What Cynics Get Right About Christianity: and what they get wrong.

It’s been a little over a year since I lost a good deal of my eyesight and the learning curve is a long one. I remain grateful for peripheral vision good enough to allow me to “see” sidewalks and nearby objects.  I also have a variety of gadgets that read things out loud. It means listening is the main way I keep up with things.

I’ve discovered a hoard of university lectures available on the internet and have the pleasure listening to some for an entire semester, and some for a few lectures only.  Among the them have been a handful of religion cynics in general and Christianity specifically.  For them, Christianity is fanciful, superstitious, magical thinking.  If you strip the Christian story of all its supernatural silliness, they say, what’s left is a bunch of nothing built around an itinerant teacher no different than any other, and an institutional church interested only in power and money milked from the gullible.  Their understanding of Christian theology appears to be based on paintings in the Sistine Chapel and televangelist sales pitches..

In a sense, they are right.  If you strip away all that is supernatural, there isn’t much left, leaving too many believers with childish ideas about who and what God is.  Sadly, too many self proclaimed christians also tend toward magical  thinking. But, and it’s a huge but, the supernatural cannot be stripped away from Christianity.  God is supernatural.  The Word of God made flesh in Jesus is supernatural. The kingdom of God that is near is supernatural. The supernatural presence of God in the natural world of creation is the unshakable reality in which Christians live.  There is nothing magical about it. Anyone can deny there is such a thing as the supernatural and are free to do so.  Yet, we have three thousand years of testimony of those who experienced it first hand.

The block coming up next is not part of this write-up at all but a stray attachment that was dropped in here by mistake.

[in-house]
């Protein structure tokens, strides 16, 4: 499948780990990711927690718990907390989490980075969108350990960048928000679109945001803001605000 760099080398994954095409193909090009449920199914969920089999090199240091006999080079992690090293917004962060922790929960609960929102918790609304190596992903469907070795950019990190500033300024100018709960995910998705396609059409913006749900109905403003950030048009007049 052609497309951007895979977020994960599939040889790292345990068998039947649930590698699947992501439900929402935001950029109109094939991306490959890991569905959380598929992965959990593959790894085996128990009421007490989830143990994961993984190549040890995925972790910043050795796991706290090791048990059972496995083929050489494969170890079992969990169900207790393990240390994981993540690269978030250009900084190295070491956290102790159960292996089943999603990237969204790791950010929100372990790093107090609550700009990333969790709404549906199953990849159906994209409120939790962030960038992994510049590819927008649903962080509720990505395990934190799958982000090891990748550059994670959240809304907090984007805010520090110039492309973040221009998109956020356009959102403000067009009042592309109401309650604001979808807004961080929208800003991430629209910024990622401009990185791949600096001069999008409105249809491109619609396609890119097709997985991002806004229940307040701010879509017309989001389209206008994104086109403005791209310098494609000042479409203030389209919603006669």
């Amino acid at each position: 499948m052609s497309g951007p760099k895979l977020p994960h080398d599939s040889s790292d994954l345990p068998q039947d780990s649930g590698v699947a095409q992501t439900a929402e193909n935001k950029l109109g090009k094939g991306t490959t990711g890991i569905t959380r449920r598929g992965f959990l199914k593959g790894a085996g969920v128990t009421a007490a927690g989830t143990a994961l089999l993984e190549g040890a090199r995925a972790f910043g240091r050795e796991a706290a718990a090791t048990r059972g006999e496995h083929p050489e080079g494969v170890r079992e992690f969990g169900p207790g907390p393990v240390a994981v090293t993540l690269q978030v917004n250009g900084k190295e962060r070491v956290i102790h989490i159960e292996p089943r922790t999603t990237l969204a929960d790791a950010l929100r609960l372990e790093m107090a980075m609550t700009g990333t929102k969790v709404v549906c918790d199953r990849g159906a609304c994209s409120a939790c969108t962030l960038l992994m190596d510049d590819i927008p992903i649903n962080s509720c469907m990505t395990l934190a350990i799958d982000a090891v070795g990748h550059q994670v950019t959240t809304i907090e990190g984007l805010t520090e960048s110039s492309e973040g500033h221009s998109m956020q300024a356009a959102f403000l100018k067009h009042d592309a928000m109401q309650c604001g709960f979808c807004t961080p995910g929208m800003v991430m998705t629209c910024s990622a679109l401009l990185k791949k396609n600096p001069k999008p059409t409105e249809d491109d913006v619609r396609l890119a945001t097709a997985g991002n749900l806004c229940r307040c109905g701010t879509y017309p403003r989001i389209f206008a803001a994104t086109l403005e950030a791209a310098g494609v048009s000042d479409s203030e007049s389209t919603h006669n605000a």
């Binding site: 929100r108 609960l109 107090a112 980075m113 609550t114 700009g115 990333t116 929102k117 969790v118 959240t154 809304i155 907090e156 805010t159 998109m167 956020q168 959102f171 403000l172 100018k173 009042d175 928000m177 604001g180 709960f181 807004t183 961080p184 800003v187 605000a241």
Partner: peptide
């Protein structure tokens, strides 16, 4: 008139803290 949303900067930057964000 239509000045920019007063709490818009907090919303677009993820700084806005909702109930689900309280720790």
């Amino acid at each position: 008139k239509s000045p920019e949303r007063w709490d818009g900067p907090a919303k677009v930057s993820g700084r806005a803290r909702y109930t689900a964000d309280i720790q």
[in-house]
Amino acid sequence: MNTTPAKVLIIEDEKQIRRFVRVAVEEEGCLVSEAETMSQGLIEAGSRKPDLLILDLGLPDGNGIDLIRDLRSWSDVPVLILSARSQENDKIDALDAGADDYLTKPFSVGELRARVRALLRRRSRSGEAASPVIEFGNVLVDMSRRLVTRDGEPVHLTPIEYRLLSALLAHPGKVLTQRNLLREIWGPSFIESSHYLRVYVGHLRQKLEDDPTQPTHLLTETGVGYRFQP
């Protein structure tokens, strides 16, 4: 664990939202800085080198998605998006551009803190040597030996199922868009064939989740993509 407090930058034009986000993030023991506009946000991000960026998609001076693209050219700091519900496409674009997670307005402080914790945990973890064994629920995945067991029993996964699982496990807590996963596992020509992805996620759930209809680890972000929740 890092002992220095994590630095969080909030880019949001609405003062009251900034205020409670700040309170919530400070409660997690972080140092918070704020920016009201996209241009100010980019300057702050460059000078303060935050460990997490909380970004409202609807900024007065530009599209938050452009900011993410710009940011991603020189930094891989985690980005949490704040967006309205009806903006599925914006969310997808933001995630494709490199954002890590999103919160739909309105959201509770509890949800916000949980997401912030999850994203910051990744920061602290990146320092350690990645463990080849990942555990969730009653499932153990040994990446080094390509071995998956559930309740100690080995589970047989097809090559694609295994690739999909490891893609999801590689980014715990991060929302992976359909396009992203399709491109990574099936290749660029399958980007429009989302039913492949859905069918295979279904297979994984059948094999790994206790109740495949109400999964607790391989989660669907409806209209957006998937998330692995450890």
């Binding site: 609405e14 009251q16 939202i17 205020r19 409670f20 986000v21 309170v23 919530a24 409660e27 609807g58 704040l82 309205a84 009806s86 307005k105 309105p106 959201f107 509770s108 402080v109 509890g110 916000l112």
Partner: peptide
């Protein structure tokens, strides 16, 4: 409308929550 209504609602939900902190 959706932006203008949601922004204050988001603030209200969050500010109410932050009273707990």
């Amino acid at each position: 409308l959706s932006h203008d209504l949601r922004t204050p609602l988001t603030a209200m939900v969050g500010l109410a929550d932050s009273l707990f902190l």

What about all the religious wars waged in God’s name?, the cynics demand to know.  They are an abomination to God and one of the great sins of the church that belie the central teachings of the law, prophets, and our Lord Jesus Christ.  The same goes for the various forms of oppression, subjugation, and racism that have plagued the nations, often in God’s name. Our sins, individual and collective, may demean the faith in the eyes of others, but they don’t abrogate it. 

Some cynics express real animus toward Christianity, blaming it for every evil perpetrated on the people of Europe and indigenous people of the “New World”.  The institutional church bears some culpability but these evils were driven more by ordinary greed and lust for power of monarchs and adventurers. .  To the contrary, Christianity’s  central theme about life on earth is that we can choose to live in peace, reasonable harmony, and a general degree of prosperity by following God’s way of love articulated clearly in the prophets and confirmed by Christ himself.  What’s to object? It’s true that we are inclined to look over God’s ways, declare that they sound good in theory, and go about making our own way.  We are free to do so, but the unhappy results are predictable. Humans have proven it again and again with the same results.  Followers in the way of love, commanded by Jesus, have contributed much to the moral advancement of humanity. Christian cynics endorse for themselves, ad which have indeed made life progressively better for humanity despite humanity’s error prone stumbling forward.

The cynics can’t seem to tell the difference between what it means to follow Jesus, and sinful behavior sometimes perpetrated in the name of the church.  It’s nothing new.  It’s been going on for a long, long time.   Just keep following Jesus as best you can.

© Steven E. Woolley

Leave a Reply